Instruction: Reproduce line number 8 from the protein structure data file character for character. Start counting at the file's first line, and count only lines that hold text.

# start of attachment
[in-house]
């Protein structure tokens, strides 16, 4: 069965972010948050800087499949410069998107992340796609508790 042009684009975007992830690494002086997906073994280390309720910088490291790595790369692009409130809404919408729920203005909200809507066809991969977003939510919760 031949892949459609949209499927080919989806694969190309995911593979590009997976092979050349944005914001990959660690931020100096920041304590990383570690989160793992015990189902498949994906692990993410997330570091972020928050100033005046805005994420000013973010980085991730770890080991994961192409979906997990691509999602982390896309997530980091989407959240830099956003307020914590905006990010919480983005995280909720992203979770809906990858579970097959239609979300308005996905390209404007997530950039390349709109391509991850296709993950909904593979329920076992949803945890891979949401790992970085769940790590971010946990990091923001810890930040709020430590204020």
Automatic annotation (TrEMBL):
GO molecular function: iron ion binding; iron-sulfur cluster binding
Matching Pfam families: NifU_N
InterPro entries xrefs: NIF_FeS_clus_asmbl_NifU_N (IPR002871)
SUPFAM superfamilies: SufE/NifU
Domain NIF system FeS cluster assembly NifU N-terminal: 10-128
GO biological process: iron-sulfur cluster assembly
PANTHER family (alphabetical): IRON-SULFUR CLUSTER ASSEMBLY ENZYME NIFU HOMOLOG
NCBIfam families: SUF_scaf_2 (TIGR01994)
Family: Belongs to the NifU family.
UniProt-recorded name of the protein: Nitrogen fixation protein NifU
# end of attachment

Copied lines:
Domain NIF system FeS cluster assembly NifU N-terminal: 10-128